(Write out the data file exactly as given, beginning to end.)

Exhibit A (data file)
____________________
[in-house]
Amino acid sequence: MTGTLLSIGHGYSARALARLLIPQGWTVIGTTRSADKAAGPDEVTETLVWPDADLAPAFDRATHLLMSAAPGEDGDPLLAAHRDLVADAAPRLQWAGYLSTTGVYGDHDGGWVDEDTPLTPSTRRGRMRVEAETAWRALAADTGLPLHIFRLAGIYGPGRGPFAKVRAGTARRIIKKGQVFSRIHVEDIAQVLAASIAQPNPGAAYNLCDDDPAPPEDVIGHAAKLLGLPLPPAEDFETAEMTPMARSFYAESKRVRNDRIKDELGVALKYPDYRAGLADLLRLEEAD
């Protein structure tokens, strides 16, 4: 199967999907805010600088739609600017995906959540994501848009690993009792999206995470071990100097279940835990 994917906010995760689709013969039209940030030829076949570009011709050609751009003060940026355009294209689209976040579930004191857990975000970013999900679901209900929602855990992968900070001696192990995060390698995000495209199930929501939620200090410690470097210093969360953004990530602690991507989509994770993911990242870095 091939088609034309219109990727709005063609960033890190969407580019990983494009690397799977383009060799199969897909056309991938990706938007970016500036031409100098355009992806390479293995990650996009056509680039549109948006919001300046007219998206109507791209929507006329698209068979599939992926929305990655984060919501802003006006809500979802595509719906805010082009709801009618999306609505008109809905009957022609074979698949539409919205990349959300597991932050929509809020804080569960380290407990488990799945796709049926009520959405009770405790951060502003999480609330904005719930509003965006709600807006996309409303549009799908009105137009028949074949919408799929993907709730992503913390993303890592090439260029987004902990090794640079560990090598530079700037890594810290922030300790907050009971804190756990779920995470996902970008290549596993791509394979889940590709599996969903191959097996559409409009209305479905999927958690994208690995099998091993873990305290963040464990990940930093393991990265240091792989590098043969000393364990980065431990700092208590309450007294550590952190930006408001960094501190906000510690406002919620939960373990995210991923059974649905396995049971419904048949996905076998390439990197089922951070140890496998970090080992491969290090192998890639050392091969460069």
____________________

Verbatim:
[in-house]
Amino acid sequence: MTGTLLSIGHGYSARALARLLIPQGWTVIGTTRSADKAAGPDEVTETLVWPDADLAPAFDRATHLLMSAAPGEDGDPLLAAHRDLVADAAPRLQWAGYLSTTGVYGDHDGGWVDEDTPLTPSTRRGRMRVEAETAWRALAADTGLPLHIFRLAGIYGPGRGPFAKVRAGTARRIIKKGQVFSRIHVEDIAQVLAASIAQPNPGAAYNLCDDDPAPPEDVIGHAAKLLGLPLPPAEDFETAEMTPMARSFYAESKRVRNDRIKDELGVALKYPDYRAGLADLLRLEEAD
């Protein structure tokens, strides 16, 4: 199967999907805010600088739609600017995906959540994501848009690993009792999206995470071990100097279940835990 994917906010995760689709013969039209940030030829076949570009011709050609751009003060940026355009294209689209976040579930004191857990975000970013999900679901209900929602855990992968900070001696192990995060390698995000495209199930929501939620200090410690470097210093969360953004990530602690991507989509994770993911990242870095 091939088609034309219109990727709005063609960033890190969407580019990983494009690397799977383009060799199969897909056309991938990706938007970016500036031409100098355009992806390479293995990650996009056509680039549109948006919001300046007219998206109507791209929507006329698209068979599939992926929305990655984060919501802003006006809500979802595509719906805010082009709801009618999306609505008109809905009957022609074979698949539409919205990349959300597991932050929509809020804080569960380290407990488990799945796709049926009520959405009770405790951060502003999480609330904005719930509003965006709600807006996309409303549009799908009105137009028949074949919408799929993907709730992503913390993303890592090439260029987004902990090794640079560990090598530079700037890594810290922030300790907050009971804190756990779920995470996902970008290549596993791509394979889940590709599996969903191959097996559409409009209305479905999927958690994208690995099998091993873990305290963040464990990940930093393991990265240091792989590098043969000393364990980065431990700092208590309450007294550590952190930006408001960094501190906000510690406002919620939960373990995210991923059974649905396995049971419904048949996905076998390439990197089922951070140890496998970090080992491969290090192998890639050392091969460069």